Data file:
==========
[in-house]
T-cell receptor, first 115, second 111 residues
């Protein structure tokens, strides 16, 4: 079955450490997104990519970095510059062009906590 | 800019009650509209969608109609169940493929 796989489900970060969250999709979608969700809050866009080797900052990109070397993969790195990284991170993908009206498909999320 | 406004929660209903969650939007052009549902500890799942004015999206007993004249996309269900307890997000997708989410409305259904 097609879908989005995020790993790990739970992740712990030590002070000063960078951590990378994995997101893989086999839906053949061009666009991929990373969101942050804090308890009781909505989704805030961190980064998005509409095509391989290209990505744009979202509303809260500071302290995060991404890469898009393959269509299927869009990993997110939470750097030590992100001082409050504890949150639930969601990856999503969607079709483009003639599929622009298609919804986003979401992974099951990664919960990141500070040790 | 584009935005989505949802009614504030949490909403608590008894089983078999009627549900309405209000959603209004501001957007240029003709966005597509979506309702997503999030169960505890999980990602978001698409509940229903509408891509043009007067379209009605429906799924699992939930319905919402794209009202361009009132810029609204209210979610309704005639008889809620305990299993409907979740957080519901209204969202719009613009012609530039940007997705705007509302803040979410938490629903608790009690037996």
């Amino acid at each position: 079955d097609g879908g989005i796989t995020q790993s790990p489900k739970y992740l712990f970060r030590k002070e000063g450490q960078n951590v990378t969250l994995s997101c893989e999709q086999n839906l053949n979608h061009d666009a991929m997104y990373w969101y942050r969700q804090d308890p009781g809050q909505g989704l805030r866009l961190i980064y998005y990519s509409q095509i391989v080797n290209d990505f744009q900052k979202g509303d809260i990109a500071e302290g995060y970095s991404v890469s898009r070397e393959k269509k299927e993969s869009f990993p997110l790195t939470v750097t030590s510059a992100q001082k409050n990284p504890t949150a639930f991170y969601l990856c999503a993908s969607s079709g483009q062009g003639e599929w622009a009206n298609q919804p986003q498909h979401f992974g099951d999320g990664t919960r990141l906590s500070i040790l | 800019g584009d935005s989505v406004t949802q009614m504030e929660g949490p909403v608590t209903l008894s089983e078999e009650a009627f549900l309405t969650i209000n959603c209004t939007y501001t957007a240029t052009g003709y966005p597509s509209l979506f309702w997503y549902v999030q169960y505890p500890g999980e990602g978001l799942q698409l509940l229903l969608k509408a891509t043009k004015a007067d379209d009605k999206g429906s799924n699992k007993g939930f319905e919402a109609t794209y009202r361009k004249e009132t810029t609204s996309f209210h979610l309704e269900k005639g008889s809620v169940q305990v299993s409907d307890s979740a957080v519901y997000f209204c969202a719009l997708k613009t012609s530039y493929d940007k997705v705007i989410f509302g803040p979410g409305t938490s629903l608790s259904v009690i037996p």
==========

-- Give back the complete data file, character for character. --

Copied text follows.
[in-house]
T-cell receptor, first 115, second 111 residues
């Protein structure tokens, strides 16, 4: 079955450490997104990519970095510059062009906590 | 800019009650509209969608109609169940493929 796989489900970060969250999709979608969700809050866009080797900052990109070397993969790195990284991170993908009206498909999320 | 406004929660209903969650939007052009549902500890799942004015999206007993004249996309269900307890997000997708989410409305259904 097609879908989005995020790993790990739970992740712990030590002070000063960078951590990378994995997101893989086999839906053949061009666009991929990373969101942050804090308890009781909505989704805030961190980064998005509409095509391989290209990505744009979202509303809260500071302290995060991404890469898009393959269509299927869009990993997110939470750097030590992100001082409050504890949150639930969601990856999503969607079709483009003639599929622009298609919804986003979401992974099951990664919960990141500070040790 | 584009935005989505949802009614504030949490909403608590008894089983078999009627549900309405209000959603209004501001957007240029003709966005597509979506309702997503999030169960505890999980990602978001698409509940229903509408891509043009007067379209009605429906799924699992939930319905919402794209009202361009009132810029609204209210979610309704005639008889809620305990299993409907979740957080519901209204969202719009613009012609530039940007997705705007509302803040979410938490629903608790009690037996």
């Amino acid at each position: 079955d097609g879908g989005i796989t995020q790993s790990p489900k739970y992740l712990f970060r030590k002070e000063g450490q960078n951590v990378t969250l994995s997101c893989e999709q086999n839906l053949n979608h061009d666009a991929m997104y990373w969101y942050r969700q804090d308890p009781g809050q909505g989704l805030r866009l961190i980064y998005y990519s509409q095509i391989v080797n290209d990505f744009q900052k979202g509303d809260i990109a500071e302290g995060y970095s991404v890469s898009r070397e393959k269509k299927e993969s869009f990993p997110l790195t939470v750097t030590s510059a992100q001082k409050n990284p504890t949150a639930f991170y969601l990856c999503a993908s969607s079709g483009q062009g003639e599929w622009a009206n298609q919804p986003q498909h979401f992974g099951d999320g990664t919960r990141l906590s500070i040790l | 800019g584009d935005s989505v406004t949802q009614m504030e929660g949490p909403v608590t209903l008894s089983e078999e009650a009627f549900l309405t969650i209000n959603c209004t939007y501001t957007a240029t052009g003709y966005p597509s509209l979506f309702w997503y549902v999030q169960y505890p500890g999980e990602g978001l799942q698409l509940l229903l969608k509408a891509t043009k004015a007067d379209d009605k999206g429906s799924n699992k007993g939930f319905e919402a109609t794209y009202r361009k004249e009132t810029t609204s996309f209210h979610l309704e269900k005639g008889s809620v169940q305990v299993s409907d307890s979740a957080v519901y997000f209204c969202a719009l997708k613009t012609s530039y493929d940007k997705v705007i989410f509302g803040p979410g409305t938490s629903l608790s259904v009690i037996p």